Nero (37-68 AD) – Nero became the Roman emperor after Claudius. He spent a lot of money building theatres and having athletic competitions, and he became pretty unpredictable. If he thought someone was threatening his power, he’d usually have them killed. He was emperor during the Great Fire of Rome, and some people thought he started it himself so he’d have room to build a new palace. Whether or not that’s true, the Roman senate became more and more frustrated with him and told him he was going to be arrested and put to death. Rather than have that happen, Nero killed himself.

Hadrian (76-138 AD) – Hadrian was the 14th Roman emperor, and ruled during a very successful time for Roman Britain. He is known for having a wall built along the border of England and Scotland (Hadrian’s Wall) and for rebuilding the Pantheon, a temple to the gods that the Romans believed in. He is also the third in a group of five emperors called ‘the Five Good Emperors’.

Marcus Aurelius (121-180 AD) – Marcus Aurelius was the last Roman emperor of the Pax Romana, and also the last of the ‘Five Good Emperors’. The Roman Empire expanded even further during his reign.

Constantine (272-337 AD) – Constantine the Great was proclaimed emperor in York. He was the first emperor who was also a Christian, and he tried to unify the Roman Empire again after it had been split into the East and West. He moved the capital from Rome to a new city which he called Byzantium, later called Constantinople after him. Today, it is called Istanbul, which is the largest city in Turkey.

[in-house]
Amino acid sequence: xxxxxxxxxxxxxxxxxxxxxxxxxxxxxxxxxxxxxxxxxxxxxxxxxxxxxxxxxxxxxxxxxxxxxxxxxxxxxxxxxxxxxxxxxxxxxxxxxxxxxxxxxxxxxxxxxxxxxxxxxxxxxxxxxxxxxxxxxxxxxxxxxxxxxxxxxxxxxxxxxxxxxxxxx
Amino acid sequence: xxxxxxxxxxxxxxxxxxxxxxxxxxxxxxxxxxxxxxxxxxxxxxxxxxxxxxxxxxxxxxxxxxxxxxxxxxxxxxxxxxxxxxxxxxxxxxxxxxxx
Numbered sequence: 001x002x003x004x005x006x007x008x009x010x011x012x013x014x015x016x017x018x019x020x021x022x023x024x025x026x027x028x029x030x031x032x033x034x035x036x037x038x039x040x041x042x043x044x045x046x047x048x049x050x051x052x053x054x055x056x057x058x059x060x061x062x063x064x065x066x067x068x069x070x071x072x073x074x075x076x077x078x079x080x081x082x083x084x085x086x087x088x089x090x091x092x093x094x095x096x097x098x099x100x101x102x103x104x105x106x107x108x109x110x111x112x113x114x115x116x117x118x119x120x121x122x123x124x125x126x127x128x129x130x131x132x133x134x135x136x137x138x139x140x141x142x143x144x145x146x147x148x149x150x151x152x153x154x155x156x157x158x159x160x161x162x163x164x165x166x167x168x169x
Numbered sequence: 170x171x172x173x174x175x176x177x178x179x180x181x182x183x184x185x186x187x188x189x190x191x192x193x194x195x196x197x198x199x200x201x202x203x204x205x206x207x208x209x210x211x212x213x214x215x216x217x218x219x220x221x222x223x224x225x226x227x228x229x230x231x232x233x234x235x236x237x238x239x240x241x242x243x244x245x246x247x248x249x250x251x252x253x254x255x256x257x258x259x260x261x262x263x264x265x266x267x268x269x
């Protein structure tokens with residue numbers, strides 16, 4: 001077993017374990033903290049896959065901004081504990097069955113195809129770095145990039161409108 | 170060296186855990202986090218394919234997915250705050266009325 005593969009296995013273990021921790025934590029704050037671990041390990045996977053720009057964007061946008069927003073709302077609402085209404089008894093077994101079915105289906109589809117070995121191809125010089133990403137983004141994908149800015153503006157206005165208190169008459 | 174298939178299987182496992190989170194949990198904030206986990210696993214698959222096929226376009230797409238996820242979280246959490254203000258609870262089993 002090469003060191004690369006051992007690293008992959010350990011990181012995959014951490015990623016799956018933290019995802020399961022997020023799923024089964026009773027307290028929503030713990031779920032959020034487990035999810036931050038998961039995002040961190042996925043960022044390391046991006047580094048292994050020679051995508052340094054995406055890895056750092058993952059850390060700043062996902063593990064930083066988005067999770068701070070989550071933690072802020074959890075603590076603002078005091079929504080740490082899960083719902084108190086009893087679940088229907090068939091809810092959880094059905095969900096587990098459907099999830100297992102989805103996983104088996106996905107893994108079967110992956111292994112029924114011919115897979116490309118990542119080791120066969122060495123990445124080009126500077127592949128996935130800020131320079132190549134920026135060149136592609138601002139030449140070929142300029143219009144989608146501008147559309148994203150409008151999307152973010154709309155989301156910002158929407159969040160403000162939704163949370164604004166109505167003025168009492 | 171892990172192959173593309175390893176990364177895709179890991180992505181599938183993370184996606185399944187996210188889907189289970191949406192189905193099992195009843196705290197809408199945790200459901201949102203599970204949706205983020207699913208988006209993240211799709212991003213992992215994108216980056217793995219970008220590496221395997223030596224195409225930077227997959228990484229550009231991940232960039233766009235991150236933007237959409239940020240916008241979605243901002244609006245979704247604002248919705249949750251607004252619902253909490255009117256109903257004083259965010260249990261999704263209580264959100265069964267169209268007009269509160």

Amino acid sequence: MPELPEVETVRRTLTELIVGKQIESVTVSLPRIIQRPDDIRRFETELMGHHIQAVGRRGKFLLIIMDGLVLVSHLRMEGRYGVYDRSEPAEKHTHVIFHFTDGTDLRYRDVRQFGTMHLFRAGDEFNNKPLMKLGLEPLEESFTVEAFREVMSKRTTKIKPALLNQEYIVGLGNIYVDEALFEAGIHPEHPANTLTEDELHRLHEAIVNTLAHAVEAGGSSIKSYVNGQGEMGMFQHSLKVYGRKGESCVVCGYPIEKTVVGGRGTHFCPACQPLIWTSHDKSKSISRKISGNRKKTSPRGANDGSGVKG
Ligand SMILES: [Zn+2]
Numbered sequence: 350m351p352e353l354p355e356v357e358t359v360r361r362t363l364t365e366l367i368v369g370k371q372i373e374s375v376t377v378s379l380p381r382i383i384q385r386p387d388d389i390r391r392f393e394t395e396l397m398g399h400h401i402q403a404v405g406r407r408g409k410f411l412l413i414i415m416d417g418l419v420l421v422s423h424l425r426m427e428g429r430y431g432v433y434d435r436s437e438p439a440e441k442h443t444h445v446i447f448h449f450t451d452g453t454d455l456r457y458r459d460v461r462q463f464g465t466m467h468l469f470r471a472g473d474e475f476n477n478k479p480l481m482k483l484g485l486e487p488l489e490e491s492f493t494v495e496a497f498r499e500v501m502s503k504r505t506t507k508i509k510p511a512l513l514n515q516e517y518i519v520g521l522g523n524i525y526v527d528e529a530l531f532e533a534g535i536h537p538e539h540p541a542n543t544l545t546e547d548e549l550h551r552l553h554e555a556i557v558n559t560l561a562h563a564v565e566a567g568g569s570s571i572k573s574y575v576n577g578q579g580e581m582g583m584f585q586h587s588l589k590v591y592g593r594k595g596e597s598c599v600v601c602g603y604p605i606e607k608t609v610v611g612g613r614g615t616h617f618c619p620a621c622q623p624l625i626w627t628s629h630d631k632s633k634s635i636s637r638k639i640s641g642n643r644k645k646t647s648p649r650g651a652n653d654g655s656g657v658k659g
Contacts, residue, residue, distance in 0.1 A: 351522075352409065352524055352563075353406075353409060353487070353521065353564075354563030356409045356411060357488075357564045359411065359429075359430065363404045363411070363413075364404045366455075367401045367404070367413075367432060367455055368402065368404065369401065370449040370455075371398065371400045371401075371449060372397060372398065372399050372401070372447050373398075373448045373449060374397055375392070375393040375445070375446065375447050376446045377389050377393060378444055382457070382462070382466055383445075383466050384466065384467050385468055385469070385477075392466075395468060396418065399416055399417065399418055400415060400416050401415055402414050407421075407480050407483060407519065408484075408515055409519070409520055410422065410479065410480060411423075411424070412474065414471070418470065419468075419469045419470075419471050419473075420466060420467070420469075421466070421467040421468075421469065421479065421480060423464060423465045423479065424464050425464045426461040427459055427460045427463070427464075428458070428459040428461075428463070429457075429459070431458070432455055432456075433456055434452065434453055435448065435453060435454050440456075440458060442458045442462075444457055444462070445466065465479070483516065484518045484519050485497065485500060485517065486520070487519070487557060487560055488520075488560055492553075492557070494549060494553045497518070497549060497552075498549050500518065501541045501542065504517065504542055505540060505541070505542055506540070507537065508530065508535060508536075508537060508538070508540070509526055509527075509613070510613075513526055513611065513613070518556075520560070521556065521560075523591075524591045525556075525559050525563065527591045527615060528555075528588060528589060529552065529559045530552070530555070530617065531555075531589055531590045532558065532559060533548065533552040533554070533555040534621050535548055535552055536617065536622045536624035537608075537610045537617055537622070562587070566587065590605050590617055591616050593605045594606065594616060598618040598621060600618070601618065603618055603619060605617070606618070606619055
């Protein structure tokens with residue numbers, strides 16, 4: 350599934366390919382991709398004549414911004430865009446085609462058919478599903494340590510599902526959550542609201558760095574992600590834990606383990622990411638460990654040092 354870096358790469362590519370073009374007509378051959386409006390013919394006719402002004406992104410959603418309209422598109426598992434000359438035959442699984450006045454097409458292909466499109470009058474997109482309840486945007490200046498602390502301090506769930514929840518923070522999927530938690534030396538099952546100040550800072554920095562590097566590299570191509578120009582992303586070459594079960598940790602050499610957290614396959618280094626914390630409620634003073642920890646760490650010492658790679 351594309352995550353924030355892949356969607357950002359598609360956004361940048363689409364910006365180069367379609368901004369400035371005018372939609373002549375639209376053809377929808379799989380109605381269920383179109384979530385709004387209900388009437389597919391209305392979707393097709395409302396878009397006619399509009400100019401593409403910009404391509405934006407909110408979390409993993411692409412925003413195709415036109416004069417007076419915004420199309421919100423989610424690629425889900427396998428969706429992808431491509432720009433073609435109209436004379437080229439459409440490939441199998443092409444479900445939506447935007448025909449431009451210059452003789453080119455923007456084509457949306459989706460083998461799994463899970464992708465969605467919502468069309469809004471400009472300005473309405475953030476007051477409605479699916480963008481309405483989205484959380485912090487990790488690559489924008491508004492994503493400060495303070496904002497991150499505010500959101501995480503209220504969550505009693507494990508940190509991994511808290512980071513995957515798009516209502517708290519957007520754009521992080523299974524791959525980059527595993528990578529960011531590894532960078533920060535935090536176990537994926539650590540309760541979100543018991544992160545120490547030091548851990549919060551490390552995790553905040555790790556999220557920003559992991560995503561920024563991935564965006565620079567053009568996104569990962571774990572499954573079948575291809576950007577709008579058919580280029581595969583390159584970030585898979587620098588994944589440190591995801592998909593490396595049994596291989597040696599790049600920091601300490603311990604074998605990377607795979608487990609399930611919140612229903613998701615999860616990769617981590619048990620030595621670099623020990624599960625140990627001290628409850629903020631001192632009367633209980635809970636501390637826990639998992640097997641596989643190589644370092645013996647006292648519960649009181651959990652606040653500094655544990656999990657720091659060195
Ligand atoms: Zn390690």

Hannibal (247-183 BC) – Hannibal was a military leader from Carthage, who fought against the Romans in the Punic Wars. He is known for bringing an army of soldiers and elephants over the Pyrenees Mountains and the Alps into northern Italy, which at first was successful in fighting against Rome. The Roman military eventually worked out how to beat Hannibal’s army and won, but Hannibal’s tactics are still thought to be pretty impressive today.